Your browser is not supported. Please update it.

28 April 2022

Bitmovin’s NAB VIP is not encoding, but Stream Lab test suite

Bitmovin was blessed with one of the busier stands at NAB 2022. The US encoding vendor has a reputation for spending more on merchandise and parties than it does on product marketing, but we definitely like where the R&D investments are being channeled. There were a slew of product updates to parade at the show, including the recently released Stream Lab feature set, which is probably not the VVC or AV1 update you wanted to read about – but is something that has raised a few eyebrows in the industry.

The company’s conundrums were evident as Reinhard Grandl, VP of Product Management, grappled with how to convey Bitmovin’s latest technical innovations to Faultline using the best possible words. This is a player, but not a player. This feature uses upscaling, but not upscaling as you know it. This encoder uses AI, but not true AI. Our whistlestop tour barely scratched the surface of where the future lies for Bitmovin, although we got a good grasp of how Stream Lab sits in the market as a proactive testing environment.

Stream Lab enables automated testing for streams submitted through the Bitmovin Dashboard on physical devices – allowing for tests of streams on Bitmovin’s test automation infrastructure, which sends back test reports on real physical devices. Grandl mentions that it can monitor 1,000 test cases on 50 different smart TVs.

This is not about disrupting the test and measurement specialists. Rohde & Schwarz springs to mind as one of the largest in this field. Stream Lab comes later in the chain, offered as part of the Bitmovin Player to do reactive testing.

Demand has been strong for an automated testing feature set that alleviates the headache of device fragmentation for video streaming companies, along with video quality guarantees. Stream Lab brings in-house development teams in line with testing real environments on physical devices – receiving transparent reporting with clear performance feedback. Bitmovin creates pre-set test cases, giving developers access to testing on the most modern and some legacy devices, including Samsung, LG, major web browsers, and more. Of course, this is not ubiquitous, with an acceptance that procuring certain older models is hardly worth the effort.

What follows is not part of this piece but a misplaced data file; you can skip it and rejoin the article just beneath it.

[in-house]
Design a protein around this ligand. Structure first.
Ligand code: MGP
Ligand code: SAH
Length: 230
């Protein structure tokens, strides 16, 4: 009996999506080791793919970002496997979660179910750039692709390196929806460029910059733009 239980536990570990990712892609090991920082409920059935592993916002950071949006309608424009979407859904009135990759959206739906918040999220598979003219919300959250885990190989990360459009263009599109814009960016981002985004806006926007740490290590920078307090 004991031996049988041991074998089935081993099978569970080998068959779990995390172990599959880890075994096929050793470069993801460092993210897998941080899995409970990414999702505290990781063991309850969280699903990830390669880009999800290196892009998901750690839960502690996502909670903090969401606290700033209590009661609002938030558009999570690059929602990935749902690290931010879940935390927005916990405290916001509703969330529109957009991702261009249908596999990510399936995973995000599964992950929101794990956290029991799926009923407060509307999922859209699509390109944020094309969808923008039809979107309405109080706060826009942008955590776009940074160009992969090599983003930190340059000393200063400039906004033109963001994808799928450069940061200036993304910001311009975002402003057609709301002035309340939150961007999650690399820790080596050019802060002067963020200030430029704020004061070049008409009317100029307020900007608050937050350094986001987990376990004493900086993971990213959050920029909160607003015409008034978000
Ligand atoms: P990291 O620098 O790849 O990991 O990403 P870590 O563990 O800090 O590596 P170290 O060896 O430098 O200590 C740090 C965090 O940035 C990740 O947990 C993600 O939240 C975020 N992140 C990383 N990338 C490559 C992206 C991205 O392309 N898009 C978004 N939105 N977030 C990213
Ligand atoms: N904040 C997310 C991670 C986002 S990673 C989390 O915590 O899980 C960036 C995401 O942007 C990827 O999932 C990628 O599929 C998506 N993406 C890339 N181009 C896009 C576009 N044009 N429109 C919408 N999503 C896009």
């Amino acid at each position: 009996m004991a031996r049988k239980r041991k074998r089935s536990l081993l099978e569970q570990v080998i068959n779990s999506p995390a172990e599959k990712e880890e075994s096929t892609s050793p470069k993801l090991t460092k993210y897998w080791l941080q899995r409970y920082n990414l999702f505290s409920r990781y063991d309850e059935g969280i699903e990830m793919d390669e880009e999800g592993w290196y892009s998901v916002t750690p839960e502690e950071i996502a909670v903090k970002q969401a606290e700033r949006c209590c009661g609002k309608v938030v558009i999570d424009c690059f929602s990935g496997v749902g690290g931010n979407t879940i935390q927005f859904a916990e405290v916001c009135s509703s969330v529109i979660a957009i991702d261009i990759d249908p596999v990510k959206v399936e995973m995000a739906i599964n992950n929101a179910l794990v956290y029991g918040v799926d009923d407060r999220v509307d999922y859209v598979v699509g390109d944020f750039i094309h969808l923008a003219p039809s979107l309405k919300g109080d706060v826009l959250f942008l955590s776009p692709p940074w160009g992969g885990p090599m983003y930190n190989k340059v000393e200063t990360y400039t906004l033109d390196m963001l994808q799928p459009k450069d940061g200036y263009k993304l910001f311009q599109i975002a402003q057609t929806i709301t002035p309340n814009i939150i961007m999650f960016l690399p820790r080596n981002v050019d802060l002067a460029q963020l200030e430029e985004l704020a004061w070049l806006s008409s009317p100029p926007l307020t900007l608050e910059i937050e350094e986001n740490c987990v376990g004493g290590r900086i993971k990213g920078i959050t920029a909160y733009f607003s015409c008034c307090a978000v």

It’s about putting video engineers back in the driving seat, freeing up capacity to work on design and UX, plus reducing technical spend on testing and time spent procuring devices. Stream Lab has been created as a new feature in the dashboard, with access to 23 target test devices available from day 1 – and counting.

We touch on Bitmovin’s recent revelation about separating its encoding stack – delivering live encoding as a standalone product to the market for the first time. A dedicated internal live encoding team has been formed due to popular demand from customers. It seems like a move Bitmovin should have initiated a long time ago, essentially taking one product and turning into two, in a move that promises to generate more money, ultimately.

Bitmovin’s approach to doing the basics well is appreciated, while at the same time having a pipeline for more advanced features. The new Simple Encoding API is on show, reducing API calls for H.264. It has since expanded to AV1 for VoD and further expanded to live, in addition to adding simpler defaults and file upload features for the encoding UI. The outcome is a significantly reduced time between sign-up to first encode – slashed from 50 minutes to 20 minutes.

Using chunk-based cloud encoding, Bitmovin enables content to be delivered at up to 100x real-time. It boasts multi-codec streaming workflows, with per-title adaptive bitrate ladder optimization and implementations of AV1 and VVC.

Attempts to get a taste of the secret sauce for Bitmovin’s patent-pending AV1 3-Pass process, that reduces the complexity of video while maintaining visual quality, were unsuccessful, but is something we will revisit at a later date.